Ground Cover Supplement : GC Supplement - Cereal foliar fungal diseases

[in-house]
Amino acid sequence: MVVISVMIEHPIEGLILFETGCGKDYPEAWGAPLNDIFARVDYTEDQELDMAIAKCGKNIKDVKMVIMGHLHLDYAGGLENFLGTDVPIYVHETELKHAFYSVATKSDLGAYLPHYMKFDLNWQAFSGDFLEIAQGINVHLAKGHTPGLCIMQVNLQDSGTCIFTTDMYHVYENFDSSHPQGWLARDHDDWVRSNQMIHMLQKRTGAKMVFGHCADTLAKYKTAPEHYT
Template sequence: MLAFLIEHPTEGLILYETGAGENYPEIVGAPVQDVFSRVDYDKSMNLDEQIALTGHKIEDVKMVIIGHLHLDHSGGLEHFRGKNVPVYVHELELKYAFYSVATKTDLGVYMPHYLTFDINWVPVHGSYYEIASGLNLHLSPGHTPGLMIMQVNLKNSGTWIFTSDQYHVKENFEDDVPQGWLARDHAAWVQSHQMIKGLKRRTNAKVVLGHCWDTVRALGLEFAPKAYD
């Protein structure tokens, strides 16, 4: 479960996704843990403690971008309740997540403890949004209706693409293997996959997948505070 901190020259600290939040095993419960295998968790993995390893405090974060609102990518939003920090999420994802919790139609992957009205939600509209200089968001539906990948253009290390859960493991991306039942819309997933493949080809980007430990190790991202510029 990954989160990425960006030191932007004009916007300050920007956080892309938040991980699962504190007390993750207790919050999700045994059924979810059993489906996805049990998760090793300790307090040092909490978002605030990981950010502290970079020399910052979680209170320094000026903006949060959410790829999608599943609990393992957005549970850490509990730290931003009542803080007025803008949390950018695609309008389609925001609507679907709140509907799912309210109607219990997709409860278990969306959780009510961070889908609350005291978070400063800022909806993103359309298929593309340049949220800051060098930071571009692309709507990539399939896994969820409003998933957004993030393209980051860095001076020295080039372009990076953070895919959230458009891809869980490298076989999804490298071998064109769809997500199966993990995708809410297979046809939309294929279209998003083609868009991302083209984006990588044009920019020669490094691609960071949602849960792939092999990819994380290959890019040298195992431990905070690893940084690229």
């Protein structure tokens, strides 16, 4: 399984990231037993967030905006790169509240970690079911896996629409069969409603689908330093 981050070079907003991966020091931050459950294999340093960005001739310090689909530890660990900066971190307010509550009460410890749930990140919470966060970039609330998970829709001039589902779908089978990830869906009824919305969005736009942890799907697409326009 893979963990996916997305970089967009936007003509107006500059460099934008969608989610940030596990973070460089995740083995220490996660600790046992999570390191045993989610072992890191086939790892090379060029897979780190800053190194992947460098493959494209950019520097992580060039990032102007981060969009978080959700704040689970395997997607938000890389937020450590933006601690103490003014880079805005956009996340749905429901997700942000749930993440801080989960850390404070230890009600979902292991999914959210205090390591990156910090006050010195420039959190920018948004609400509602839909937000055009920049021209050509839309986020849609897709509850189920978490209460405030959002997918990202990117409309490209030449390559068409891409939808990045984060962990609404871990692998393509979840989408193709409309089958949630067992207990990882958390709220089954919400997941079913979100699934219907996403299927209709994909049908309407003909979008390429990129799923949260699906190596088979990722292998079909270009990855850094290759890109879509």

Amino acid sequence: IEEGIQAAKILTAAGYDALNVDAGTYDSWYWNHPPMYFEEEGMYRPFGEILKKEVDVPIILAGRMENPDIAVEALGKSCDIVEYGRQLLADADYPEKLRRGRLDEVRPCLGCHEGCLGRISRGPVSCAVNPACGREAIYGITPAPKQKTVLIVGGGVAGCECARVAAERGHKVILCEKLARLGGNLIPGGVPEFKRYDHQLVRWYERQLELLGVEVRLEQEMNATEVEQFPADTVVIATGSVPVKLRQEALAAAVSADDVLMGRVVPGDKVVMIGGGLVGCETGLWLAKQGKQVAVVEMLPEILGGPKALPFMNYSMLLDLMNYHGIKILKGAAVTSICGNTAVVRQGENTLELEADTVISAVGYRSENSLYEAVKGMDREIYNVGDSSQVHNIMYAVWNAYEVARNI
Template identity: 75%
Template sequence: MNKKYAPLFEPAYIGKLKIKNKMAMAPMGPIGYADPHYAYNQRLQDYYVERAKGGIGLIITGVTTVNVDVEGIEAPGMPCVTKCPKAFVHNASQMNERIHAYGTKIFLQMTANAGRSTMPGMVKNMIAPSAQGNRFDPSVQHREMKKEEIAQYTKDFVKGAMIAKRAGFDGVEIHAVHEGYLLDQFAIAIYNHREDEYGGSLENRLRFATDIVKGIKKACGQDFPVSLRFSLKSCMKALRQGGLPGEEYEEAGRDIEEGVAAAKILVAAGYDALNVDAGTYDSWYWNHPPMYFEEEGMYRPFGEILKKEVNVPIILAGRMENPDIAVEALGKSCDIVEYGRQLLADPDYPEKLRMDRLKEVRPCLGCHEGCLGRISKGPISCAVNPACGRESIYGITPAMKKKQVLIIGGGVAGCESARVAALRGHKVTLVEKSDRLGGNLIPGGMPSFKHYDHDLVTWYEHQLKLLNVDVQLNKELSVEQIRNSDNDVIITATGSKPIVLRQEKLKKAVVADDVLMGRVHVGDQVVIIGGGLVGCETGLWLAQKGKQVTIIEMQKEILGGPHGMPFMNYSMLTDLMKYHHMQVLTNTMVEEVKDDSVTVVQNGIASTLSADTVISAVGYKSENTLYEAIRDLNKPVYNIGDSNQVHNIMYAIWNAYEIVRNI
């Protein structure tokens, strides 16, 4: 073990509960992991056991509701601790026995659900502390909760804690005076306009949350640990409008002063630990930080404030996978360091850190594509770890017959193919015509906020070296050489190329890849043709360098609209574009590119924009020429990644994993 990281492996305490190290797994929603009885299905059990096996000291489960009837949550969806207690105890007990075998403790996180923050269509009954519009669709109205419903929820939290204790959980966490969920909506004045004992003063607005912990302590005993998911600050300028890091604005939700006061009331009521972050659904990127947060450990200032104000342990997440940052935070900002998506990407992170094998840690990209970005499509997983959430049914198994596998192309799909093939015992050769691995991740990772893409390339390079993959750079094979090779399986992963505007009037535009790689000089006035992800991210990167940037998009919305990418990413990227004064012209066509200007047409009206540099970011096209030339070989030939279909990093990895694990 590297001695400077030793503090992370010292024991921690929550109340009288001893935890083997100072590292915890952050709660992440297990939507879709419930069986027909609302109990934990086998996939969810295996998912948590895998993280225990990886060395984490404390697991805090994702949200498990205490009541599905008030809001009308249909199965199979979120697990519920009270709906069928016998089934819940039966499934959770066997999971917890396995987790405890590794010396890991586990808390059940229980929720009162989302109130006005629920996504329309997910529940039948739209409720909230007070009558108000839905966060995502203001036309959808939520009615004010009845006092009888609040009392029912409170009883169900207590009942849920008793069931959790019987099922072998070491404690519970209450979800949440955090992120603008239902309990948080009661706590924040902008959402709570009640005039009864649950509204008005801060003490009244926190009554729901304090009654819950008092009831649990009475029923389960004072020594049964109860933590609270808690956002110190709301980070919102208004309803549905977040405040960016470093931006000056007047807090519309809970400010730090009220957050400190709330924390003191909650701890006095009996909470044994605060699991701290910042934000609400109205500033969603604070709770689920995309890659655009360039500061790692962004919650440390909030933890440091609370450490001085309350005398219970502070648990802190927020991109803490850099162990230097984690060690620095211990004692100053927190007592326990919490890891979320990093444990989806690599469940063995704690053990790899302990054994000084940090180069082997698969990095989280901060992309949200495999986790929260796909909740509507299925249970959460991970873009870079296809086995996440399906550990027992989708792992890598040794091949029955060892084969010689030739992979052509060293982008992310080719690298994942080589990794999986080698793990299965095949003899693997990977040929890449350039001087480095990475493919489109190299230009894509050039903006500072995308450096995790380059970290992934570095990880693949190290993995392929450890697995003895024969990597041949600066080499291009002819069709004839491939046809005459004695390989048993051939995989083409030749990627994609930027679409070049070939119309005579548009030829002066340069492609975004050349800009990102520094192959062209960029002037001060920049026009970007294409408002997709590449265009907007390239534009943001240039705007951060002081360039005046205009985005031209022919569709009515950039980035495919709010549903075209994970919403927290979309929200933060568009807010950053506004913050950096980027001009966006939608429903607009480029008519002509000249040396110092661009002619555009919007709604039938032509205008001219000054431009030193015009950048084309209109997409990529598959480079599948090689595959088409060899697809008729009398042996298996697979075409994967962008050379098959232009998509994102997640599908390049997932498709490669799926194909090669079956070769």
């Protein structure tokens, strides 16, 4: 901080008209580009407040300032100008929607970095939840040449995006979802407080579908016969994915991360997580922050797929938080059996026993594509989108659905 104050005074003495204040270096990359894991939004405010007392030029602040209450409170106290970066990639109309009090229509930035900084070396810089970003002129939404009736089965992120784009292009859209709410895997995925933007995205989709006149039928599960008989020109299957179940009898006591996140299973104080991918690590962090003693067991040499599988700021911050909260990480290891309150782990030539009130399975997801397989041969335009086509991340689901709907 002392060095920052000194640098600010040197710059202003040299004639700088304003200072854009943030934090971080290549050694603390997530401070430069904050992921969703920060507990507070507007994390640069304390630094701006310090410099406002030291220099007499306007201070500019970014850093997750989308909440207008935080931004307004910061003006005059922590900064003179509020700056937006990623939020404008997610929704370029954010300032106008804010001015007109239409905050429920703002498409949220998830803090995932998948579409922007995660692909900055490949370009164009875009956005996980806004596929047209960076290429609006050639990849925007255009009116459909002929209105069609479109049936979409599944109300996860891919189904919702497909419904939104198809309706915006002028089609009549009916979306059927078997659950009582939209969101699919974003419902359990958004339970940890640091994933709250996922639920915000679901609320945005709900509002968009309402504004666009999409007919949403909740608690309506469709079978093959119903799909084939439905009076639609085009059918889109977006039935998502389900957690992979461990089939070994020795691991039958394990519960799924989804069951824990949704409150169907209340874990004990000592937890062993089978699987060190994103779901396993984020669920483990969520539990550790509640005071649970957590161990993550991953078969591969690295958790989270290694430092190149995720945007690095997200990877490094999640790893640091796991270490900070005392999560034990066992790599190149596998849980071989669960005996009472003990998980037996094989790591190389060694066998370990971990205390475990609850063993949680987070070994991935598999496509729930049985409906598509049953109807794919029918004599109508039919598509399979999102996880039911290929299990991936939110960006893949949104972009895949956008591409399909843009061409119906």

Barley diseases 10 international gene search for barley rust resistance australian cereal rust control Program director Professor robert Park is leading a new grdc project to identify fresh sources of genetic resistance against the barley rust pathogen and insert these into australian barley breeding lines By Janet Paterson MORE THAN 50 barley lines with durable resistance to barley leaf rust should be entering barley breeding programs by the end of 2016 on the back of concerted genetics research by the Australian Cereal Rust Control Program (ACRCP). University of Sydney project leaders Professor Robert Park and Dr Davinder Singh, and collaborators Dr Lee Hickey and Laura Ziems from the University of Queensland, say the research will identify and stack multiple resistance genes into Australian barley breeding material, which in turn will deliver strong resistance to barley leaf rust. "Leaf rust is the most common and damaging rust disease on barley in Australia, causing an estimated 30 per cent yield loss each year and costing the industry about $20 million in lost yield potential and control costs," says Professor Park, who has worked on barley leaf rust resistance for nearly 20 years and is the director of the ACRCP. The disease has reached epidemic levels at times, including ongoing outbreaks in southern parts of the Western Australian wheatbelt, in South PHOTO: BRAD COLLIS A new GRDC project will scan hundreds of Chinese and European barley lines for resistance to the increasingly costly barley leaf rust. The goal is to incorporate several robust forms of resistance into modern Australian barley cultivars to increase the durability of resistance against the disease.
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